Dementia with Lewy Bodies

Dementia with Lewy bodies (DLB) is a progressive disease where a protein known as alpha-synuclein builds up to form structures called Lewy bodies in the parts of the brain that control cognition, behavior and movement. Patients with DLB incur higher healthcare costs, have longer hospitalizations, report lower quality of life, and have caregivers with higher levels of distress when compared with patients with Alzheimer’s Disease (AD). No treatments have been approved by the US FDA or European Medicines Agency for DLB. CervoMed is developing a drug, neflamapimod, to reverse and potentially slow the synaptic dysfunction that contributes to this neurological decline. Results from an exploratory phase 2a study showed that neflamapimod improve cognitive and motor function in patients with mild to moderate DLB.  A phase 2b study in DLB to confirm the findings from phase 2a was initiated in the second quarter of 2023 and is expected to report the primary efficacy results in the second half of 2024.

The Role of Synaptic Dysfunction in Dementia with Lewy Bodies

The brain has billions of neurons that connect in the brain through synaptic connections. Evidence suggests that synaptic dysfunction results from a combination of excessive inflammation and the toxicity of alpha synuclein. In DLB, this occurs in a specific part of the brain called the basal forebrain and impacts a type of nerve called cholinergic neurons. The resulting cholinergic dysfunction is thought to cause the decline in attention, judgement, reasoning and other symptoms associated with DLB, including mobility impairment. Synaptic dysfunction in the basal forebrain is reversible in animal models, suggesting that therapeutics targeting basal forebrain cholinergic dysfunction have the potential to reverse the cognitive and motor impairments in DLB, such as neflamapimod.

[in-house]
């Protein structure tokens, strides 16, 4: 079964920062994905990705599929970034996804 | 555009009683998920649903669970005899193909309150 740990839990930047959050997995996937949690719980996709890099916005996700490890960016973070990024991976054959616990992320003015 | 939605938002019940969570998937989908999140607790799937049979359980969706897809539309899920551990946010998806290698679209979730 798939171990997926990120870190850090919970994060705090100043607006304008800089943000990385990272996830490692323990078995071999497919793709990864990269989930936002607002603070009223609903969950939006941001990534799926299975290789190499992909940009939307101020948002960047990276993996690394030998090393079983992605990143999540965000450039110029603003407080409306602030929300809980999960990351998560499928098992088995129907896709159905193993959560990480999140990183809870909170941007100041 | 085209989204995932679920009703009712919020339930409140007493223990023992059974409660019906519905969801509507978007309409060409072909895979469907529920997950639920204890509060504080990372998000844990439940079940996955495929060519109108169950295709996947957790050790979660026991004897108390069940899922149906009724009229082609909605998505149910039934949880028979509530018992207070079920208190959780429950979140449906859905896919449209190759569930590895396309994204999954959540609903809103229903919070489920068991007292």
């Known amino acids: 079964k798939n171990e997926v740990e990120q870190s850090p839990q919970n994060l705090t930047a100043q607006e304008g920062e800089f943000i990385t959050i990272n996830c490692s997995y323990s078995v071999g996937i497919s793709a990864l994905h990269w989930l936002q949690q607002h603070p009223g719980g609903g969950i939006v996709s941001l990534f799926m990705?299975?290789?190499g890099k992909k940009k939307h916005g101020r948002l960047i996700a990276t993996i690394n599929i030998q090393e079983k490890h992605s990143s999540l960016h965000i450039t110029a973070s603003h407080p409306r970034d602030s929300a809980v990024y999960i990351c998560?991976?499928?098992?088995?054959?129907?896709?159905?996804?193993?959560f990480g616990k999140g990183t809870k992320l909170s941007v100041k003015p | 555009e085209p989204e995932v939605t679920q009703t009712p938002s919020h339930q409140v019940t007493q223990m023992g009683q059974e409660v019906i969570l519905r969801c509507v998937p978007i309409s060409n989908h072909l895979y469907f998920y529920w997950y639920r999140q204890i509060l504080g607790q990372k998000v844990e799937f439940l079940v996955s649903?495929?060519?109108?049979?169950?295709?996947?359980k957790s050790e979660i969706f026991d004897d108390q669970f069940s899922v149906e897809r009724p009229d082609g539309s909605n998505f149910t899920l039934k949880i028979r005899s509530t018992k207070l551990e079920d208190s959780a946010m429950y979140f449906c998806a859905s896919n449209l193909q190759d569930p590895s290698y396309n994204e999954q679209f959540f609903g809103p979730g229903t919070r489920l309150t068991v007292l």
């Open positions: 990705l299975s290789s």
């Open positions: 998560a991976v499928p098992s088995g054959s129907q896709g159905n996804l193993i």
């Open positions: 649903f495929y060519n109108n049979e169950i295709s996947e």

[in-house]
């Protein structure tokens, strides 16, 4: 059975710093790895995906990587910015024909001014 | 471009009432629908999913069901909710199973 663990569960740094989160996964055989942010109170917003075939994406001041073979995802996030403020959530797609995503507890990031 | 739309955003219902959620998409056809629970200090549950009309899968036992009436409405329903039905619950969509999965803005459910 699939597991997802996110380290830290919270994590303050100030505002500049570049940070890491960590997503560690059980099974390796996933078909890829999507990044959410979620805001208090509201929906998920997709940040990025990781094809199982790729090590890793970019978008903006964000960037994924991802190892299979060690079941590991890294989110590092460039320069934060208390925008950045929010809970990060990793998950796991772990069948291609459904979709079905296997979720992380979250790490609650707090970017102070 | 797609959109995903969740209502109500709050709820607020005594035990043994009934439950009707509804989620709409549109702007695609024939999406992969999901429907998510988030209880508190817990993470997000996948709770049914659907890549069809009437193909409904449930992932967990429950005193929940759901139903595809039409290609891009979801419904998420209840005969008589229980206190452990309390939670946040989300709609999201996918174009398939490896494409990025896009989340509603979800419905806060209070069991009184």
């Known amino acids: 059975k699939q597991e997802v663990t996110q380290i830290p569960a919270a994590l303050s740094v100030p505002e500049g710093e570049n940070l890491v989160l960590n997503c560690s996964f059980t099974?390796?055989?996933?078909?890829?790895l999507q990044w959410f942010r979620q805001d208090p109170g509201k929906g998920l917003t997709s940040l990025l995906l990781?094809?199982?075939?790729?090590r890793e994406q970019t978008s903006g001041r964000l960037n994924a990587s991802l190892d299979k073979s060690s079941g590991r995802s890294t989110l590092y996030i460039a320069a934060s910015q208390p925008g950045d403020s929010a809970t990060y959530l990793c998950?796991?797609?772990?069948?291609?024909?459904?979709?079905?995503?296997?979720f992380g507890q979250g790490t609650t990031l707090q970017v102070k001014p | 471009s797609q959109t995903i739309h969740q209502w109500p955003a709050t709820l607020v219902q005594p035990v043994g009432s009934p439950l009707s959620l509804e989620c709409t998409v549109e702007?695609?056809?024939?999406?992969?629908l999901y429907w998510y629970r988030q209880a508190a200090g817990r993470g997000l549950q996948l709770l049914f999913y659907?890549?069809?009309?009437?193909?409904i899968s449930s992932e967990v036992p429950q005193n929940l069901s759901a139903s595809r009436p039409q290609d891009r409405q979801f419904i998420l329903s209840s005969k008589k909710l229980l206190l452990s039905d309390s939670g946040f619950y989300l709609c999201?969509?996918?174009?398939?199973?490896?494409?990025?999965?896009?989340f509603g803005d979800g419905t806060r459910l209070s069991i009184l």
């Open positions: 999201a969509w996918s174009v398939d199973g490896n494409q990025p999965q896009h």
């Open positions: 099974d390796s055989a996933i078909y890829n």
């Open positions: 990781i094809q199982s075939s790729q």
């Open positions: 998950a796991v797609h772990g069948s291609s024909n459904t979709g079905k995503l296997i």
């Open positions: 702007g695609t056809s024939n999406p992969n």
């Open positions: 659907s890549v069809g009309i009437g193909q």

p38 alpha – A Driver of Synaptic Dysfunction

p38 alpha is an enzyme that is activated in neurons in times of stress and disease. While p38 alpha plays an important role in protecting cells from acute injury, chronically activated p38 alpha activity within neurons can damage synapses and contribute to alpha-synuclein-associated toxicity. If untreated, synaptic dysfunction will progress and result in neuron loss.

CervoMed is developing an oral p38 alpha inhibitor, neflamapimod, to reverse synaptic dysfunction and improve the cognitive deficits associated with DLB. A phase 2a exploratory placebo-controlled clinical study (named “AscenD-LB”) evaluating neflamapimod in patients with mild-to-moderate DLB has been conducted and the results indicate that neflamapimod has significant positive effects, compared to placebo, on outcomes on the gold-standard dementia rating scale (Clinical Dementia Rating Sum of Boxes, CDR-SB) and on a measure of functional mobility (Timed Up and Go, TUG, test). In addition, at the higher of two doses evaluated in the study, neflamapimod showed significant improvement, compared to placebo, on a cognitive test battery that assessed attention and executive function. The results from this trial were published in the journal Nature Communications in September 2022.

A phase 2b study in DLB to confirm the findings from phase 2a was initiated in the second quarter of 2023 and is expected to report the primary efficacy results in the second half of 2024.

Scientific data for neflamapimod has been published in certain medical journals and presented to the medical and scientific community at various medical meetings.  Click below to access the data presentations.


"The data from the trial of neflamapimod in DLB are very encouraging, setting the stage for more extensive testing. There are no approved treatments for DLB, the second most common cause of neurodegenerative dementia, and there is an urgent need to find therapies for this severe and progressive disorder."

Jeffrey L. Cummings, MD, ScD, Joy Chambers-Grundy Professor of Brain Science and Director of the Chambers-Grundy Center for Transformative Science, UNLV School of Integrated Health Sciences